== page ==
75.4 (73.2, 77.6)

Facial hair

 Boys ASD

NA

NA

98.0 (94.1, 100)

1.9 (0, 5.9)

91.4 (83.5, 99.4)

8.6 (0.6, 16.5)

53.3 (40.0, 66.5)

46.7 (33.5, 60.0)

 Non-ASD boys

NA

NA

99.4 (99.0, 99.8)

0.6 (0.2, 0.9)

88.1 (86.3, 89.8)

11.9 (10.2, 13.7)

50.5 (48.0, 52.9)

49.5 (47.1, 52.0)

Growth spurt

 Boys ASD

NA

NA

49.9 (36.5, 63.3)

50.1 (36.7, 63.5)

49.0 (35.2, 62.8)

51.0 (37.2, 64.8)

24.4 (12.5, 36.4)

75.6 (63.6, 87.5)

 Non-ASD boys

NA

NA

53.0 (50.0, 56.0)

47.0 (44.0, 49.9)

43.7 (41.1, 46.4)

56.3 (53.6, 58.9)

22.8 (20.5, 25.2)

77.2 (74.8, 79.5)

True puberty combined (growth spurt, voice deepening, facial hair)

 Boys ASD

NA

NA

46.8 (34.2, 59.8)

53.2 (40.2, 65.8)

47.8 (34.4, 61.5)

52.2 (38.5, 65.6)

7.3 (3.0, 16.6)

92.7 (83.4, 97.0)

 Non-ASD boys

NA

NA

52.3 (49.3, 55.3)

47.7 (44.7, 50.7)

41.1 (38.4, 43.8)

58.9 (56.2, 61.6)

10.8 (9.2, 12.6)

89.2 (87.4, 90.8)

ASD boys, N = 54–69; Non-ASD boys N = 1488–1642, due to missing responses

aChild self report; NA not asked

Fig. 1

Kaplan–Meier survival curves for puberty onset for the combined features of adrenarche in girls (a) and boys (b), Breast growth in girls (c), and combined features of true puberty in boys (d), for children with and without autism spectrum disorder by years of age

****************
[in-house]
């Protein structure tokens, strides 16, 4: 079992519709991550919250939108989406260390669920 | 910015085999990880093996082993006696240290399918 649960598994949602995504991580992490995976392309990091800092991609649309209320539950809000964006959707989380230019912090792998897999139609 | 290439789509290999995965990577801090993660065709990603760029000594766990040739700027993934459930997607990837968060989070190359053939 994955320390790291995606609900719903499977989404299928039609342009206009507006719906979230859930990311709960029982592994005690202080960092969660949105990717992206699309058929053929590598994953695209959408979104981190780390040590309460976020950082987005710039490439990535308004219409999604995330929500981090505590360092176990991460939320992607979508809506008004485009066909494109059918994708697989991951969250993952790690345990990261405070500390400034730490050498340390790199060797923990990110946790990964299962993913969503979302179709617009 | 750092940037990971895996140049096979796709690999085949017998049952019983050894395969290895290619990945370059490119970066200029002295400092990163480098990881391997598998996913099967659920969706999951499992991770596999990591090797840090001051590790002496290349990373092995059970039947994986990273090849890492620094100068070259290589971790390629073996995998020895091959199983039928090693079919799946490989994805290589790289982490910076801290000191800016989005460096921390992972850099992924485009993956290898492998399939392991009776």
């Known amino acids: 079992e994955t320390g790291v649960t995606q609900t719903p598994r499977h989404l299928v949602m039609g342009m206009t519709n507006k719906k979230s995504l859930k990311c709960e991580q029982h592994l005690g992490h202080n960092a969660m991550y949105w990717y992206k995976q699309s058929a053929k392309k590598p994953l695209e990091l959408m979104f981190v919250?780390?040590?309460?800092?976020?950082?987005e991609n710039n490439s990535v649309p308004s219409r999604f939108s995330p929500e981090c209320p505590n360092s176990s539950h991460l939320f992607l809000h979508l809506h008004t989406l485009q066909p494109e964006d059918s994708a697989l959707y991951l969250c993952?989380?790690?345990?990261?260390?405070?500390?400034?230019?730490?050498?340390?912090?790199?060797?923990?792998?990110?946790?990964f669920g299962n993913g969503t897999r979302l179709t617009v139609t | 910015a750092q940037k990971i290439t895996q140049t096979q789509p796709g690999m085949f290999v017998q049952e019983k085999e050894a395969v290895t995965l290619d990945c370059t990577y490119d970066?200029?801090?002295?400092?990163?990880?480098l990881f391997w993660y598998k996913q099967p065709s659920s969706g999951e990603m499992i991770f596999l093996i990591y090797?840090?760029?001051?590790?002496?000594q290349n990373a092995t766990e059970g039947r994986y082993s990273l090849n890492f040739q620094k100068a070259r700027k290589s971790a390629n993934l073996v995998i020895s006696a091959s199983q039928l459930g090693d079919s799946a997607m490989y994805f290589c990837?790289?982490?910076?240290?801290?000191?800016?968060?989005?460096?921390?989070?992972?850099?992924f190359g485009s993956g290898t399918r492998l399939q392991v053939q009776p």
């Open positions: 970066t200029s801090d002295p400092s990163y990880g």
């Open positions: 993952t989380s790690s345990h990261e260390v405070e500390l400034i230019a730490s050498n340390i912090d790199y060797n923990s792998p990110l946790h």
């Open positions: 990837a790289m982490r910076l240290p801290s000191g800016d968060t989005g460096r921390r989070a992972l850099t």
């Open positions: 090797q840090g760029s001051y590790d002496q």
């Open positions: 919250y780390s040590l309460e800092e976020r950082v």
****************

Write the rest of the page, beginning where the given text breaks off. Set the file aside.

Separate Cox regression analyses were conducted for boys and girls for the puberty indicators including the covariates. ASD status was not a significant factor in predicting onset of any pubertal indicator. For the covariates, increased BMI was associated with an increased proportion of children with early onset of skin changes, body hair and the combined features of adrenarche for both boys and girls. For girls higher BMI and having a single parent family was associated with a higher proportion with earlier onset of breast growth and growth spurt. Earlier menses onset for a higher proportion of girls was associated with higher BMI, being from a single parent family and not having English as the main language spoken at home. For boys increased BMI and lower parent education level were each associated with an increased proportion with early onset of growth spurt and the combined true puberty indicator. Earlier onset of facial hair growth for boys was also associated with higher BMI.